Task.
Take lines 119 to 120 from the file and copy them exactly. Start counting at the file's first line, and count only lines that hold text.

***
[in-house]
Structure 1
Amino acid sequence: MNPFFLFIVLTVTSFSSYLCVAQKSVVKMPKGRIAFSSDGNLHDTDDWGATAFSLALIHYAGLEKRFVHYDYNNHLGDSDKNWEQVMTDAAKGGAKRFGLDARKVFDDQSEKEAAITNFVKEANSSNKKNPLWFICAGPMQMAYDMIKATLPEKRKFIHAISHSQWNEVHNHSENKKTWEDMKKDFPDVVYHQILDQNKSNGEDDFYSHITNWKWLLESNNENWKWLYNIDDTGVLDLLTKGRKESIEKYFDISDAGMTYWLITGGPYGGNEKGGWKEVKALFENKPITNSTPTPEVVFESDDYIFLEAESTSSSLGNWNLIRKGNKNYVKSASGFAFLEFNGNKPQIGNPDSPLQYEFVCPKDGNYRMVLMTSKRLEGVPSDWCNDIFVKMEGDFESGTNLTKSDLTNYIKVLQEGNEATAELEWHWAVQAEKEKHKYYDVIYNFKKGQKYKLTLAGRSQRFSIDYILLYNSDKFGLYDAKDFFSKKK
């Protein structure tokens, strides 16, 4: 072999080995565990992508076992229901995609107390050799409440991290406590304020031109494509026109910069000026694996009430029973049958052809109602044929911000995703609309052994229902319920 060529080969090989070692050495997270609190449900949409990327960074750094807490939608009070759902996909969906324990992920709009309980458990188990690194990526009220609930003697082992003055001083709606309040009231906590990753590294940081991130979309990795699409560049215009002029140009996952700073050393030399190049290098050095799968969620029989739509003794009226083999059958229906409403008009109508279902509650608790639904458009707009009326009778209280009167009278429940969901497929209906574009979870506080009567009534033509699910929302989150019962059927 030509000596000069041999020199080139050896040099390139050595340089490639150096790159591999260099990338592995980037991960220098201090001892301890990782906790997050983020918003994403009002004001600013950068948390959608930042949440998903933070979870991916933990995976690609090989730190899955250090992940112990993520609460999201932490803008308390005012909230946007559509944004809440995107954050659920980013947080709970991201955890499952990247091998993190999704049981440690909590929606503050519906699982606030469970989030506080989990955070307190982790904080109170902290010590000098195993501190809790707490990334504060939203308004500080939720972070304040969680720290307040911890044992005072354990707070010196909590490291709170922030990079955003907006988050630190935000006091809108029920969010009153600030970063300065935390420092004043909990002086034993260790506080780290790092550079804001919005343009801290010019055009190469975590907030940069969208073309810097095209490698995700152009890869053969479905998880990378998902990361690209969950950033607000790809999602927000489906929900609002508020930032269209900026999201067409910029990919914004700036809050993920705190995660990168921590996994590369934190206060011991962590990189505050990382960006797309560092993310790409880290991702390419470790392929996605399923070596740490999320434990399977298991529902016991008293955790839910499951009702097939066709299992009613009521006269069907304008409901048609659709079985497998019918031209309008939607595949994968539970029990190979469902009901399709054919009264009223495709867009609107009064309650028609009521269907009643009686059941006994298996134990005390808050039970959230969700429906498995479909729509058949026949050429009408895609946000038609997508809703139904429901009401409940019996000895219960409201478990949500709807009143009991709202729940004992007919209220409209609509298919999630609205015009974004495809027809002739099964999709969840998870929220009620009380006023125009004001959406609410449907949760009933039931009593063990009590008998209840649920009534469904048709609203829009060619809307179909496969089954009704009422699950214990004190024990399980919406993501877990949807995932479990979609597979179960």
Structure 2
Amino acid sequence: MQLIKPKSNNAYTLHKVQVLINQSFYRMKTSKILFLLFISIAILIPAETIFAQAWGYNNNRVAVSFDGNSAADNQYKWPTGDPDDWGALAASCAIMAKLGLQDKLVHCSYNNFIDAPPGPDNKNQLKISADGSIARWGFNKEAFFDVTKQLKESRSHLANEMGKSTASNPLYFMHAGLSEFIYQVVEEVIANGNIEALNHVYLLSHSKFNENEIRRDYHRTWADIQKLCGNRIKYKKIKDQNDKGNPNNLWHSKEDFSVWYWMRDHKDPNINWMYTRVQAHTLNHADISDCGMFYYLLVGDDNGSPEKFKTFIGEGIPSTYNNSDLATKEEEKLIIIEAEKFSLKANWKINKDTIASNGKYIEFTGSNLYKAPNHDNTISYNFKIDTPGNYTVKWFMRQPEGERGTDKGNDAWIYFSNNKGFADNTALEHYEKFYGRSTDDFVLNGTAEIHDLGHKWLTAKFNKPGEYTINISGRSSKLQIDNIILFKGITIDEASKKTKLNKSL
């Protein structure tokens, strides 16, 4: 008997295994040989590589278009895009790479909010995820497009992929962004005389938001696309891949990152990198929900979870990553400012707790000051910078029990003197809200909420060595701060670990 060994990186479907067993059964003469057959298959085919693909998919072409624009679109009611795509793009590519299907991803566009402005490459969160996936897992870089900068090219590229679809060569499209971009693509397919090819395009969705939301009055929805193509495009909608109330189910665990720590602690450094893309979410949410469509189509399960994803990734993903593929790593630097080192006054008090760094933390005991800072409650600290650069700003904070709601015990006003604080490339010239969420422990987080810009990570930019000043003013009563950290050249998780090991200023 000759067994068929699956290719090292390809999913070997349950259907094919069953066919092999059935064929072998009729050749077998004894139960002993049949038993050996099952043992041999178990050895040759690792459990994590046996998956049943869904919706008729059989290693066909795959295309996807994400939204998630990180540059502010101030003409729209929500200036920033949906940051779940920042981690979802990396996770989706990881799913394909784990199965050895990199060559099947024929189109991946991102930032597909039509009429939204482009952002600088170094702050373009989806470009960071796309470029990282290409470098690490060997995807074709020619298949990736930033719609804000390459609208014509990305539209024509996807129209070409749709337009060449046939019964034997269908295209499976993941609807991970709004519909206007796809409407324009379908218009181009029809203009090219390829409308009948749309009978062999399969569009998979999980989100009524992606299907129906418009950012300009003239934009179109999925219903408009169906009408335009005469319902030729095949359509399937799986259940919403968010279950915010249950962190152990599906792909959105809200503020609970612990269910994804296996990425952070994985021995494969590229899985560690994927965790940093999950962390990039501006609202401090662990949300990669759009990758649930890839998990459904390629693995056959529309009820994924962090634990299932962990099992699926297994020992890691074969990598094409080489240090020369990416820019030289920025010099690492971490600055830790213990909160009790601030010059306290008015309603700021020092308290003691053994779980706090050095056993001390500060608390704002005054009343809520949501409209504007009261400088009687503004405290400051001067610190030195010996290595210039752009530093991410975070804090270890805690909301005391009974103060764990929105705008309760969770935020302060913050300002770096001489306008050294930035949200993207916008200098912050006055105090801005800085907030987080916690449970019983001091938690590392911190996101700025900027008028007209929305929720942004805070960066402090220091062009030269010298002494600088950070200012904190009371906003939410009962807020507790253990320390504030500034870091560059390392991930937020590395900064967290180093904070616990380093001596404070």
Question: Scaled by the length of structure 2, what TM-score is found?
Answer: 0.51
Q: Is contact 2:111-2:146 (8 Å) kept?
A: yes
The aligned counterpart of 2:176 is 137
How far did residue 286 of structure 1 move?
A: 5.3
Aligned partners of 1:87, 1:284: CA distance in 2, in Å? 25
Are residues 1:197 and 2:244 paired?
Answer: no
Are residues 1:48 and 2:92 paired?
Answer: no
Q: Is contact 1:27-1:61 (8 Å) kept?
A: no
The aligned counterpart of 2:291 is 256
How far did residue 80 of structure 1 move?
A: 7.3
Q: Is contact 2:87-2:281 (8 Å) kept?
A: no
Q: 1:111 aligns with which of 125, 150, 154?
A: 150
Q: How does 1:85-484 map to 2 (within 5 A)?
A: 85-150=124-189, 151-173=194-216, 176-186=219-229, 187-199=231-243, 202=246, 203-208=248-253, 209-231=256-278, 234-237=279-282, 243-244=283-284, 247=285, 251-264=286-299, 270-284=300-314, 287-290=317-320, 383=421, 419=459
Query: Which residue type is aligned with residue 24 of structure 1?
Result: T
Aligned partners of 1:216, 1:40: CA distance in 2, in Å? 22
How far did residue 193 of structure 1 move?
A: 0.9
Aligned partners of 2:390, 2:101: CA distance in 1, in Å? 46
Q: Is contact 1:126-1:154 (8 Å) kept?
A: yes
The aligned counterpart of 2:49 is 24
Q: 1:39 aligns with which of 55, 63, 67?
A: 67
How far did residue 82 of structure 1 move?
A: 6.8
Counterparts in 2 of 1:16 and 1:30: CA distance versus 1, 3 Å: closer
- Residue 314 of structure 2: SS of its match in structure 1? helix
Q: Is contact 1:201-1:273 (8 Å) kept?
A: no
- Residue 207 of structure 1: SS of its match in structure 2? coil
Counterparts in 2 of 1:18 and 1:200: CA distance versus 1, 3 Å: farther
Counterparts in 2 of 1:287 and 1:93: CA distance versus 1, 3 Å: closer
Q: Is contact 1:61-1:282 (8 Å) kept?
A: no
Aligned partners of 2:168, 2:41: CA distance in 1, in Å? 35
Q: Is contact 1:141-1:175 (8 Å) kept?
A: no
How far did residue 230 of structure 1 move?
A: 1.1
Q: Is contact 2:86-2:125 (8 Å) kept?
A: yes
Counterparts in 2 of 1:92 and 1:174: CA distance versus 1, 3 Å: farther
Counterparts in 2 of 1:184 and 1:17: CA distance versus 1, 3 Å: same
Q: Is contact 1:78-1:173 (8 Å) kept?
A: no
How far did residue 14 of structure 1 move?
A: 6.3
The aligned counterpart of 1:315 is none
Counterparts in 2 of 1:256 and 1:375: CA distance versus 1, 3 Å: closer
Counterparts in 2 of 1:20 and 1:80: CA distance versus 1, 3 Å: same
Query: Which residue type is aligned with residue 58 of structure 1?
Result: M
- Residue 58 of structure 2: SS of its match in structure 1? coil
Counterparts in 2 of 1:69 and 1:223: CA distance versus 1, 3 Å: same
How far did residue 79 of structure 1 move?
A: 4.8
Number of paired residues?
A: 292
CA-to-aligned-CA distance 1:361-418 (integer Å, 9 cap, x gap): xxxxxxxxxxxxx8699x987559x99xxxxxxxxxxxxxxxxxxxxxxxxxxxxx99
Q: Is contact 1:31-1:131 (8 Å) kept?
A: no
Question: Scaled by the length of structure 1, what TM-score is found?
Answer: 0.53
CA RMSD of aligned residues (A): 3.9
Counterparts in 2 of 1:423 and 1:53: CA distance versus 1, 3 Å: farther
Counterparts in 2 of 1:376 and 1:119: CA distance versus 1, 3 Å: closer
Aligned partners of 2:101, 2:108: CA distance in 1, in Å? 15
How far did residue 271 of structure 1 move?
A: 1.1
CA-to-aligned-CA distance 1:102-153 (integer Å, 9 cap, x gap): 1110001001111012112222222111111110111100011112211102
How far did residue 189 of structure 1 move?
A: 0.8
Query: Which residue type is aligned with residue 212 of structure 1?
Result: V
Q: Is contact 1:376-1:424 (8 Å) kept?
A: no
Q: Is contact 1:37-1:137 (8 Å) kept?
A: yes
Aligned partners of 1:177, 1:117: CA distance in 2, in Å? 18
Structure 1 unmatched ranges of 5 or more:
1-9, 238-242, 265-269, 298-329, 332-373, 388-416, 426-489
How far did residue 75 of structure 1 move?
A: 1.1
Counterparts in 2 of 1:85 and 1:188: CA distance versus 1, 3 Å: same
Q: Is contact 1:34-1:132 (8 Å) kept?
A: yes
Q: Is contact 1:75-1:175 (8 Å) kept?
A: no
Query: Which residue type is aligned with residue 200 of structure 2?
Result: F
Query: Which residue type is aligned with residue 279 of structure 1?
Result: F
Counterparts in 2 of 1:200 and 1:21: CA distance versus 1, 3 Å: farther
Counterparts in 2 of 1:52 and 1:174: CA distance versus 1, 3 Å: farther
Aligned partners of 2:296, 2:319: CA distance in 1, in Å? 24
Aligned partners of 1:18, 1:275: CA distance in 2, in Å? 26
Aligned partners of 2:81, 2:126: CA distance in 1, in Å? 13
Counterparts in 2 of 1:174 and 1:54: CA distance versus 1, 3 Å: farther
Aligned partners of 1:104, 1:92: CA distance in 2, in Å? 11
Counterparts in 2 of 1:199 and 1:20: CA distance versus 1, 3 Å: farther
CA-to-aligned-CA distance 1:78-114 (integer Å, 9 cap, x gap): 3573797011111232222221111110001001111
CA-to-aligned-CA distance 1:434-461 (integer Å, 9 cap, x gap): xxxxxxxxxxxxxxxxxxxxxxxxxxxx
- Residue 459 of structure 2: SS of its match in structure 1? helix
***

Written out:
CA-to-aligned-CA distance 1:78-114 (integer Å, 9 cap, x gap): 3573797011111232222221111110001001111
CA-to-aligned-CA distance 1:434-461 (integer Å, 9 cap, x gap): xxxxxxxxxxxxxxxxxxxxxxxxxxxx